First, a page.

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I'm currently reading "Citizens: A Chronicle of the French Revolution" by Simon Schama. It is an ok book. There is a lot of divergence into the culture leading up to the revolution, which disrupt the flow of the book.

I'm only about half-way through, but a primary thesis seems to be that Louis XVI brought the revolution on his own head by calling the Estates-General. The Estates-General was called because Frances' creditors essentially refused to extend credit to the effectively insolvent crown. To quote from the book, p289

Investors in government funds - whether in Paris, Geneva, London or Amsterdam - calculated that a new regime was more likely to honor its obligations than the old one.

In this case the 'new regime' is referring to some sort of parliamentary style of system (e.g. something like the United Kingdom's constitutional monarchy).

Question :

Instead of resorting to calling the Estates-General, why didn't Louis XVI do what many (mostly unsuccessful) governments do and just print money? Yes there is a (possibly significant) inflationary component, but perhaps it would have bought him time to make the financial and tax reforms to bring France back to solvency.

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    To point you towards potentially useful sources: Burke, on his "reflections on the revolutions in france" quotes from a book from a high french finance official (not sure if this quoted book is available, but apparently it would give you accounting details about the Crown budget), and claims that the Crown's financial troubles were true but exaggerated by revolutionary propaganda, to discredit the old regime. His numbers show that immediately before the National Assembly took over, the deficit was nothing extraordinary as government deficits go. – Luiz Feb 18 at 17:21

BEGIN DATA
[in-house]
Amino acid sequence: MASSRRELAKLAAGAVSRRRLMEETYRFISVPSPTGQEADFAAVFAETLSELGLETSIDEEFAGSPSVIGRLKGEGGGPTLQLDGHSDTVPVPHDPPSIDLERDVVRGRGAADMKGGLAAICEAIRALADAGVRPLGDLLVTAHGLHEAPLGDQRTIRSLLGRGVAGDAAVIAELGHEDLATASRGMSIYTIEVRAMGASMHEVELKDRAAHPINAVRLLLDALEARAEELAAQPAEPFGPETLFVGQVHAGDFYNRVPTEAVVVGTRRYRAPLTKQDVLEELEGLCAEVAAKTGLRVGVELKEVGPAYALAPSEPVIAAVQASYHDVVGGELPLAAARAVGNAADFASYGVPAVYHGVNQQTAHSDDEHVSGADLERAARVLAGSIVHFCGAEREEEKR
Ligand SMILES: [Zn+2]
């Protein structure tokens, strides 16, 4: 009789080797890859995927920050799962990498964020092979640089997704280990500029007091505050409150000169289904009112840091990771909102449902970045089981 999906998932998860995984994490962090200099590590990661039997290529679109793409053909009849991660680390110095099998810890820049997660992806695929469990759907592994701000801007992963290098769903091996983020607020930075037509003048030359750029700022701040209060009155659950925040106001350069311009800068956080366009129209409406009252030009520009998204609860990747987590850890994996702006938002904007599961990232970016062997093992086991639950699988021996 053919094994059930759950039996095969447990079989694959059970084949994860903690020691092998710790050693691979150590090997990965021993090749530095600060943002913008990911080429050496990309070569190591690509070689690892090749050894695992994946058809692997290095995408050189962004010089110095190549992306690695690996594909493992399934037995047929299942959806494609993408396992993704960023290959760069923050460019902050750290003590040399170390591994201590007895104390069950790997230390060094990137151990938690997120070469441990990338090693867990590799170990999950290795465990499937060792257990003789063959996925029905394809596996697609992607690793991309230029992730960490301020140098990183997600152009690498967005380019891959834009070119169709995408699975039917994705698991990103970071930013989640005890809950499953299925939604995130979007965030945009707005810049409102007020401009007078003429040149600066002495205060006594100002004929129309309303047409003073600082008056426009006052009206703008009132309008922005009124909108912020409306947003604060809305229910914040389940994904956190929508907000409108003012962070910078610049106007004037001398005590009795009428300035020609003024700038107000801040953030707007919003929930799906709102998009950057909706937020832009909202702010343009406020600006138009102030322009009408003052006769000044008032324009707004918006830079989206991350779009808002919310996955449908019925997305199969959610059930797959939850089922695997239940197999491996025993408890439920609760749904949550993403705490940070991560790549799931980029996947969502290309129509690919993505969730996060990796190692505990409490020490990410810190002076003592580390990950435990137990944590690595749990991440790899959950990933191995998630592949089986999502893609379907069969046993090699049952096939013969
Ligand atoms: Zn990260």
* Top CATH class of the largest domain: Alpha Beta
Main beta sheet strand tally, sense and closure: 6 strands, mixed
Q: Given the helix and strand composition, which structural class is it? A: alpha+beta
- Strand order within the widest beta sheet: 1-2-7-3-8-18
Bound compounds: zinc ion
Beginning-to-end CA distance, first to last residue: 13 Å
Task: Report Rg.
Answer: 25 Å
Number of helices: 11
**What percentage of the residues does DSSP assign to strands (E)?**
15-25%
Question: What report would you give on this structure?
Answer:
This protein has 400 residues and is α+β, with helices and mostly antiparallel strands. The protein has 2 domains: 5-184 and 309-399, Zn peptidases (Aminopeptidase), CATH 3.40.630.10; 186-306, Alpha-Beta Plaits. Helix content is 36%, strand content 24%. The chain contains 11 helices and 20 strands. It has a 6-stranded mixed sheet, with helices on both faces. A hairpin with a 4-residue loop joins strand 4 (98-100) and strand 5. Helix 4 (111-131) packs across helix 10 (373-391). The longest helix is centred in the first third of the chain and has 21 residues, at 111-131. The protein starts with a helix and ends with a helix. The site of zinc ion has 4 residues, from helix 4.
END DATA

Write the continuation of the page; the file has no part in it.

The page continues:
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    1) How is it possible to write such elucubrations as "Investors in government funds - whether in Paris, Geneva, London or Amsterdam - calculated that a new regime was more likely to honor its obligations than the old one." ? Who could be these investors ? What is behind the verb "calculated". This is not serious. – Jean Marie Becker Feb 18 at 17:27
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    2) "Printing money" : it is what has been done with ["assignats"] (en.wikipedia.org/wiki/Assignat) with a final bankrupt, just as the John Law system had collapsed some 75 years before that. – Jean Marie Becker Feb 18 at 17:36
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    Burke also extensively criticizes the revolutionary Assignats policy on his book, and he writes even before its final bankruptcy. – Luiz Feb 18 at 19:18
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    The question is a bit of an anachronism, as France did not have paper money at the time. – T.E.D. Feb 18 at 19:25

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